This week my husband and I made a hard decision. We decided to live in our house. For the past year we have been preparing to move. We did some repairs and deep cleaning and put our house on the market during the winter, and then we proceeded to clean this enormous house every fifteen minutes to show it to prospective buyers. What a royal pain in the pa-toot.
I hoped that a move would improve our financial situation. Let me break this down for you. When my oldest child went away to college in 2002 we owned our property at the Ranch free and clear and we had no debt. By the time our youngest graduated from a pricey private art college in 2013, we had taken out a first mortgage, then a home equity line of credit, then multiple Parent Plus loans, then we paid tuition on credit cards and borrowed through the wonderful Hebrew Free Loan Association. I think Ron and I were solely responsible for the rebound of the economy. Don’t send thank-you notes, send money.
Both of our sons received scholarships; however, based on our middle class income, the scholarships did not cover the full cost of tuition and, of course, no living expenses. There is a thing called the EFC: Expected Family Contribution (cynical snort laugh). Don’t even get me started talking about the cost of a college education and how the college system leeches off the middle class. Everyone wants to talk about student loan debt; what about parent college-for-kids loan debt? After Sudi graduated, we refinanced our house to roll our loans into the mortgage at a lower percentage rate. None of our children have any student loan debt. We assumed all of it and I’m fine with that. I’m proud that I put three children through college and they came out debt-free. It is the singular greatest financial accomplishment of my life. The second-greatest is maintaining two cats who spend most of the day sleeping.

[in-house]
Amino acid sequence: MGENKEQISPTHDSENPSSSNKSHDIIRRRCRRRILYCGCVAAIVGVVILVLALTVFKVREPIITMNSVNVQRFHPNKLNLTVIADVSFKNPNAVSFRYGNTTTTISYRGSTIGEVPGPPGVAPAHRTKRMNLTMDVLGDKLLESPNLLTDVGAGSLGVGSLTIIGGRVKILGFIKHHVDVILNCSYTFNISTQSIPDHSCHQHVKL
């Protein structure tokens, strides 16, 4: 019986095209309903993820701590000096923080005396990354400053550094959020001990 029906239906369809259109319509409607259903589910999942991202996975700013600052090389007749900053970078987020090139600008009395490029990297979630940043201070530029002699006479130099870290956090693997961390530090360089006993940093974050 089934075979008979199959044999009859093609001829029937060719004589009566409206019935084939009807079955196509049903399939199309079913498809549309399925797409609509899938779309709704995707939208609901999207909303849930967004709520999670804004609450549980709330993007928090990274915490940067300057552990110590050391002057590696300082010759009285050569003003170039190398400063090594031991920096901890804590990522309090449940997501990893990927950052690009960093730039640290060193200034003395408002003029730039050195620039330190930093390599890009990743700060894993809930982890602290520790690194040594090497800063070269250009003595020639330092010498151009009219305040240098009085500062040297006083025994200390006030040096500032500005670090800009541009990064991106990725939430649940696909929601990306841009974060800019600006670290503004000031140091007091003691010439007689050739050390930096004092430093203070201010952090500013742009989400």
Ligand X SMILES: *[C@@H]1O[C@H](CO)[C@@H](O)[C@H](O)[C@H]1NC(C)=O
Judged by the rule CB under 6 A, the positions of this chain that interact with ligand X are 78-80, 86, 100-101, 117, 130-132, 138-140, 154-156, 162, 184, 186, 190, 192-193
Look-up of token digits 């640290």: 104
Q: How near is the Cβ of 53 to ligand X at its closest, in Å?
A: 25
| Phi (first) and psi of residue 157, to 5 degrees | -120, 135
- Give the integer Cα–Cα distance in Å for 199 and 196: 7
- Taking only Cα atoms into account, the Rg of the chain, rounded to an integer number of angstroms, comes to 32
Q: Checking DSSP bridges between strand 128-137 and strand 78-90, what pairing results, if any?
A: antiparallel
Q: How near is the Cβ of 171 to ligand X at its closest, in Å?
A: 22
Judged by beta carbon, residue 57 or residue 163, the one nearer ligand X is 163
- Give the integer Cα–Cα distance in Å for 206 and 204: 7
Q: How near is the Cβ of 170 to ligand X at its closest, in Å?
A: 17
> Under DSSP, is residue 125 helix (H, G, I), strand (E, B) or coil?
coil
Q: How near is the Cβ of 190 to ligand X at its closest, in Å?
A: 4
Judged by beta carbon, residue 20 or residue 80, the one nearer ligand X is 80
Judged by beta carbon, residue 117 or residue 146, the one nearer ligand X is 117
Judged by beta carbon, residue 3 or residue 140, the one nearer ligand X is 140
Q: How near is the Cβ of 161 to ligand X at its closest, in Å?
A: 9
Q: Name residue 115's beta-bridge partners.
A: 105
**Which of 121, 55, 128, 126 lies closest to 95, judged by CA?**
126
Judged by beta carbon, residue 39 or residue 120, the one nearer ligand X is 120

Now our house is mortgaged to the wing-nuts, Ron had to retire to deal with his health issues, and I chose to provide entertainment by running around like Chicken Little screaming omygod omygod omygod how do we pay our bills? The most sensible plan of action appeared to be to sell this big house and move to something smaller to reduce our mortgage. It seemed like a good idea at the time. But the market in our area is as dead as Dick Cheney’s brain. Our house has lost value. The few houses on the market in the price range that we could afford are either 1) smaller than my file cabinet, 2) in bad shape (is that duct tape holding the sink to the wall?), 3) in unsavory neighborhoods (flight path of the airlift helicopters coming and going to the hospital), 4) have salmon-colored shag carpet throughout that would cost so much to remove that it would defeat the purpose of downsizing, or 5) have a backyard consisting entirely of concrete and a birdbath (if I were a bird I would feel naked in that birdbath with no leaves to hide me). House-hunting is clearly a whole other blog topic.
After a therapeutic session with my loan agent at the bank, which resulted in the conclusion that my present mortgage package is so terrific that I would be better off shooting myself than moving right now; and after a deep conversation about the meaning of life with my theologian-realtor; and after a dark chocolate binge punctuated by a heart-to-heart conversation with my husband; we took the house off the market.
So we are moving back into our house. I am unpacking the boxes and boxes and boxes in the garage and putting things away in new places. We are repurposing our rooms and rearranging our furniture. I am enjoying all the fun and excitement of moving without the stress of moving. Unfortunately, I’m back to the stress of our precarious financial situation. But, you know what? I confess that part of my decision to stay in this house was connected to the tragic death of a friend of mine last week. As I witness the agony of his wife, my dear one, as she struggles to cope with this overwhelming loss, I find myself more able to put my precarious financial situation on a back burner. Other things in life are simply more important. I will count my blessings and rehang my pot rack.
My adorable albatross.